It bears repeating — this strife and breakup talk isn’t at the end of a grueling, unhappy month, or after a several weeks of early mornings on the cold Twickenham soundstage, as the fable of the Get Back sessions relates. This is after the group has been back together in January for a period that can be measured in hours.

John — lacking sleep, sobriety or both — simply suggests the group just needs a little incentive.

“All the things that we do, the whole point of it is communication. And to be on TV is communication. We have a chance … to smile at people, like (in the broadcast for) “All You Need is Love.”  So that’s my incentive for doing it.”

With John referencing another Beatles television production, the director’s wheels begin to turn.

MLH: Both “All You Need is Love” and  (his own production) “Hey Jude” did communicate.

Paul: Of course, they did, course they did.

John: We need to think of an incentive, the inventive is to communicate.

Paul: You know, there really is no one there now to say: Do it.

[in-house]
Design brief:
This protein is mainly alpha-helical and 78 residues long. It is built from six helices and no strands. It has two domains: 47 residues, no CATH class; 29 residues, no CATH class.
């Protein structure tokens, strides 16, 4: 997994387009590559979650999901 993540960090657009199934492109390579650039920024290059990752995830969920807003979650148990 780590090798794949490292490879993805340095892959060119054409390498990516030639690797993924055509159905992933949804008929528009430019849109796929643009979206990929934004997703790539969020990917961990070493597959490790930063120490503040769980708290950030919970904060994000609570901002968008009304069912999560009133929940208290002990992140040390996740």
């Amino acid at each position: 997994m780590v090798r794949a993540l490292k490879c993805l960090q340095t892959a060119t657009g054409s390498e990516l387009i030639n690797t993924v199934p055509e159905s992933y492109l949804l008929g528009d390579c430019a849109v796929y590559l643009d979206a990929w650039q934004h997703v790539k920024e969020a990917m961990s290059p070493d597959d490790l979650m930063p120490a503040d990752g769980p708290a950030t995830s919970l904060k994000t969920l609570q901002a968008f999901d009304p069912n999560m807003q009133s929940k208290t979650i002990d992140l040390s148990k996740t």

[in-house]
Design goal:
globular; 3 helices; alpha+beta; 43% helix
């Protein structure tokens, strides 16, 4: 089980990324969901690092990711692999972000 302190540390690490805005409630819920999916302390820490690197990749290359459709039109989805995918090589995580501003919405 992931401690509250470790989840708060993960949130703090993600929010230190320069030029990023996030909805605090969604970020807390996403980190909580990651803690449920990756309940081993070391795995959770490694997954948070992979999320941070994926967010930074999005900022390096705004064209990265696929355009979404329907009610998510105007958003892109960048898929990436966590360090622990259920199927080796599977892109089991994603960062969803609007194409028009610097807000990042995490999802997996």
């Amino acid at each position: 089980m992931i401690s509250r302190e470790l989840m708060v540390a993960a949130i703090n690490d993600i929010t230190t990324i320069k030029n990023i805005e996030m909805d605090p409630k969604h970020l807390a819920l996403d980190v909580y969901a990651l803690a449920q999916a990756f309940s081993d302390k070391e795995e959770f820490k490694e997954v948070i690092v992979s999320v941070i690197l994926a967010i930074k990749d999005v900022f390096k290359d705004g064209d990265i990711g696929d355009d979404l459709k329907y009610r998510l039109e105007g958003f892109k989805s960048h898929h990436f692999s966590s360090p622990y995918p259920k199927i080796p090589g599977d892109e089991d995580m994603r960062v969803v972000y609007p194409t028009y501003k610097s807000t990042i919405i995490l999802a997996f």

And thus we return to Mr. Epstein’s ghost. No one is there to make them get up at 8 a.m. now, Paul says. They have to get themselves up at 8.  And this is part of growing up.

These men range in age from 25 to 28 at the time of these sessions and have been professional musicians since their teens.

“Your daddy goes away at  certain point of your life, and you stand on your own feet,” Paul continues. “And that’s all we’ve been faced with. Daddy’s gone away now, and we’re on our own at the holiday camp. And I think we’d rather go home.

“Or,  we do it.”

So it’s crystal clear to Paul here, he’s fighting uphill. The fresh lyrics of “The Long and Winding Road” are playing out moments after he introduces the song. This here is one of the many times he’s been alone.  And he’s still waiting by his bandmates’ door.

Paul continues.

It’s discipline we like. We all agree — for everything you do, if you want to do it well, you got to have discipline, we all think that. But for this, we’ve never had discipline. A slight, symbolic discipline by Mr. Epstein. And he sort of said, ‘Get suits on,’ and we did … And so we were sort of always fighting that discipline a bit.

But now it’s silly to fight the discipline because its our own self-imposed, these days. So we put in as little as possible. But I think we need  bit more if we are going to get on with it.

Lindsay-Hogg acknowledges the decision to work at all is the group’s, not his own, but that they have indeed started work and should maximize it.  Paul, meanwhile, equates what Lindsay-Hogg is dealing with to his own work on the Jackie Lomax LP.